This being the final day meant we could take things a lot easier, we had a nice lay in and didn’t have breakfast until 7 am. We paid up which was ~CHF400 for 3 of us with a few beers the previous afternoon and got ready to leave. We said farewells to a few others leaving before us whom we’d met on the route i the huts over the previous days. Our bags felt quite heavy today as they had everything inside this time rather than wearing harnesses etc added to the exhaustion from the previous days walking.
The route down from the hut to Zermatt was very straight forward just following the marked path over glacier moraine, through grassy parts and finally into the pine forest. There are a number of signs which show 2 routes to Zermatt, strangely the only difference being the direction of the train on the sign! We took the shorter option, which is straight down the valley rather then an up and over route ending up further north in the town.
At one point we did get diverted across the river due to rock falls in the path on the north side of the valley, this meant walking down the road until we came to the Zmutt Dam where we crossed over and joined the marked path again.
The path does guide you through the village of Zmutt, which you don’t have to follow but it is a lovely little mountain village with a few bars and cafés. Out the other side of the town there were a lot more people walking up from Zermatt for a spot of lunch and to enjoy the views. Some looked at us quite strangely with ropes in our bags and ice axes on the back possibly wondering what we’ve been up to and more likely why we smell so much! The scenery was lovely but we didn’t think we fitted into the categories from Peter Cliff’s caption in his Haute Route guide book “Purists, the impoverished and late arrivals will enjoy the path down to Zermatt through pine woods and first summer flowers“. This has to be one of the weirdest guide book captions I’ve seen and makes no sense whatsoever, we think it must have been a dare to put in.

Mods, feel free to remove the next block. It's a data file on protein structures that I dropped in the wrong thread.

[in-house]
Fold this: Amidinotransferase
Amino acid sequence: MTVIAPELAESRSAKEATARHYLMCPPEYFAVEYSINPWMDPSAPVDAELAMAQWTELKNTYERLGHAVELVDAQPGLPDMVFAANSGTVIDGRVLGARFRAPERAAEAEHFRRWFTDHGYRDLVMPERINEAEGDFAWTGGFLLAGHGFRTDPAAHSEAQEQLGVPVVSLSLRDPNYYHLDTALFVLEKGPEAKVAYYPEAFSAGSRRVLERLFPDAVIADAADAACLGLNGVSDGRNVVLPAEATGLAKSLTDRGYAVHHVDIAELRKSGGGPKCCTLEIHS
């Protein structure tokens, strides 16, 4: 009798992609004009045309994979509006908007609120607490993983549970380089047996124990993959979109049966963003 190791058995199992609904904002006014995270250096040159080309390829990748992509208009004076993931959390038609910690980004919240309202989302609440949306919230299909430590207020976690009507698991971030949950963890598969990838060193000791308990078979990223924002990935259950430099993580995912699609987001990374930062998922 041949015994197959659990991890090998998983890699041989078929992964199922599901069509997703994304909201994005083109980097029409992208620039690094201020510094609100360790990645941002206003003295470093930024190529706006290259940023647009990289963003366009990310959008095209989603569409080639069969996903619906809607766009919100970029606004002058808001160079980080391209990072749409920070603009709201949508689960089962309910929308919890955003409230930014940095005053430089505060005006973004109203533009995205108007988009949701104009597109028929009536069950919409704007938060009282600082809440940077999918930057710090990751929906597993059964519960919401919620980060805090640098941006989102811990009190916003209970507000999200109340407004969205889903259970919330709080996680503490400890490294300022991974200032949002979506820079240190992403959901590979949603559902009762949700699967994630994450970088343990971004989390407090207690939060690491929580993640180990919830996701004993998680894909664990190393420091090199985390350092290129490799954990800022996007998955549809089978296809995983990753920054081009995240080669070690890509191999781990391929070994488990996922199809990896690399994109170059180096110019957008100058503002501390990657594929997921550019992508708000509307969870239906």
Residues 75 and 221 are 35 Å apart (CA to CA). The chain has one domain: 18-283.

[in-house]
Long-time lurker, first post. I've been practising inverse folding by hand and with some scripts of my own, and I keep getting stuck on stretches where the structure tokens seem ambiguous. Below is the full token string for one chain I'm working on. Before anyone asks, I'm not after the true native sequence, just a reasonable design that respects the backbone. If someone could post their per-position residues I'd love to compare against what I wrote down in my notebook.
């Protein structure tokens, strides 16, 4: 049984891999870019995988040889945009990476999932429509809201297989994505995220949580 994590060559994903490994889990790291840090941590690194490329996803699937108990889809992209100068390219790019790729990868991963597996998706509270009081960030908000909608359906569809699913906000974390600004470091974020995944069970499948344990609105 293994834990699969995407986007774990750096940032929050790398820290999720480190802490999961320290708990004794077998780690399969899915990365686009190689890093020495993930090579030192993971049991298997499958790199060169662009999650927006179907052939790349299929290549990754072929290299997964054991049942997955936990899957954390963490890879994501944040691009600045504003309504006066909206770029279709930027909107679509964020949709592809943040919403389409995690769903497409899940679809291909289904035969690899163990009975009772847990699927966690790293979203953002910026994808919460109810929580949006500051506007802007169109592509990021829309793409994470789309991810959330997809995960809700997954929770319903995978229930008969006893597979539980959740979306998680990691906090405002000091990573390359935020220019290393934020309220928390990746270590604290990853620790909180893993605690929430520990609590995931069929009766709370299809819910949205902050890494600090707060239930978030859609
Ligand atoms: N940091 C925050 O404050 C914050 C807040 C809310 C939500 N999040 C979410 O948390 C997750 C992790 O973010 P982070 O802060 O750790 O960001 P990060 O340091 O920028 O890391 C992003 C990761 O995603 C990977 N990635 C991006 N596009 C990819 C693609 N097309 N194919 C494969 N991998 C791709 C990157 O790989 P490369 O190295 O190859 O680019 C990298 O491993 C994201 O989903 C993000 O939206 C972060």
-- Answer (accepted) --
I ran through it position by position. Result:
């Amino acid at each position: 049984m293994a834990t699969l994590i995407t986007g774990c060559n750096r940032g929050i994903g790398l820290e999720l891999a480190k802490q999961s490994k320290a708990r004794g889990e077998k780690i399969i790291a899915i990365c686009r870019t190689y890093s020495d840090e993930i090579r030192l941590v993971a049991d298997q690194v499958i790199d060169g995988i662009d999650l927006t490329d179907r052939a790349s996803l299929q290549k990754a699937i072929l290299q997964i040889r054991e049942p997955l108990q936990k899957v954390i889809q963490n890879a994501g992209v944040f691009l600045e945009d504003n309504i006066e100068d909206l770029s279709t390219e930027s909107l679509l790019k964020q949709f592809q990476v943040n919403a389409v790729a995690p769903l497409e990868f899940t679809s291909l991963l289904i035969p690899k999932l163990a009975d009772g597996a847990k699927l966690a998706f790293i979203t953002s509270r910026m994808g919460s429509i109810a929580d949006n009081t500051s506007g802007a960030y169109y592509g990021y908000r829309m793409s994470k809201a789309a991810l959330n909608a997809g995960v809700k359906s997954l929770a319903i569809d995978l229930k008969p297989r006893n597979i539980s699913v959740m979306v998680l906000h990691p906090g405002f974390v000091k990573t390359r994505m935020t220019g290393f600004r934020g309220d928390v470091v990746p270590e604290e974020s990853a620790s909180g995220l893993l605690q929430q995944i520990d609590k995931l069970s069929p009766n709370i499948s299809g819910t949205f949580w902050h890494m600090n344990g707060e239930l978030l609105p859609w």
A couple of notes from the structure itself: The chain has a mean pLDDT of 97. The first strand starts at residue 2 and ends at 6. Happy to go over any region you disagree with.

Finally after a total of around 2.5 hrs walking we got to the outskirts of Zermatt where we decided to check the train times to get back to Bourg St. Pierre to pick up our bags…turns out we had about 20mins to avoid getting there late in the afternoon. After a brisk walk through Zermatt waving at the Dutch guys we’d met on route who were enjoying a beer we made it to the station. There was even enough time to spare to grab a sandwich for the journey. It wasn’t long after sitting down in the carriage around clean things and people that we noticed that we did smell a fair bit. The train journey was efficient, as your expect, with a change at Visp then Martigny then the bus from Orsières to Bourg St. Pierre. In the town we phoned the hotel owner who gladly opened up so we could grab our bags. There was time for a few beers before the return bus following that we spent 2 nights in Vevey on Lake Geneva to chill out and recover.
We had a great trip and were so lucky with the weather, other then the first day the conditions were nearly perfect for us. We had built in an extra day into our flight plans in-case of bad weather and we would have had to stay at a hut for an extra day. It is also possible to complete the route from the Bertol Hut to Zermatt in one very long day. It was certainly worth staying at the Schönbiel hut though for the views and to relax before going to to civilisations. Anyone with a reasonable amount of alpine experience could do this trip but if in a pair or not much experience / confidence in glacier crossing and navigation then it is certainly worth considering hiring a guide.
I would also say that the route from Valsorey to Chanrion as per the guide book probably isn’t really recommended anymore due to the changed conditions. It is worth walking into the Chanrion Hut from Mauvoisin whether starting the route as we did or coming from Champex on the whole route. It was a shame we didn’t have the holiday and our time constraints meant we couldn’t do the first part of the route from Chamonix to Champex but i think we made the most of what we could. We’d walked in Chamonix in the past anyway so we didn’t feel like we lost out on too much.
The GPX for the route is here: GPX
Elevation profile was: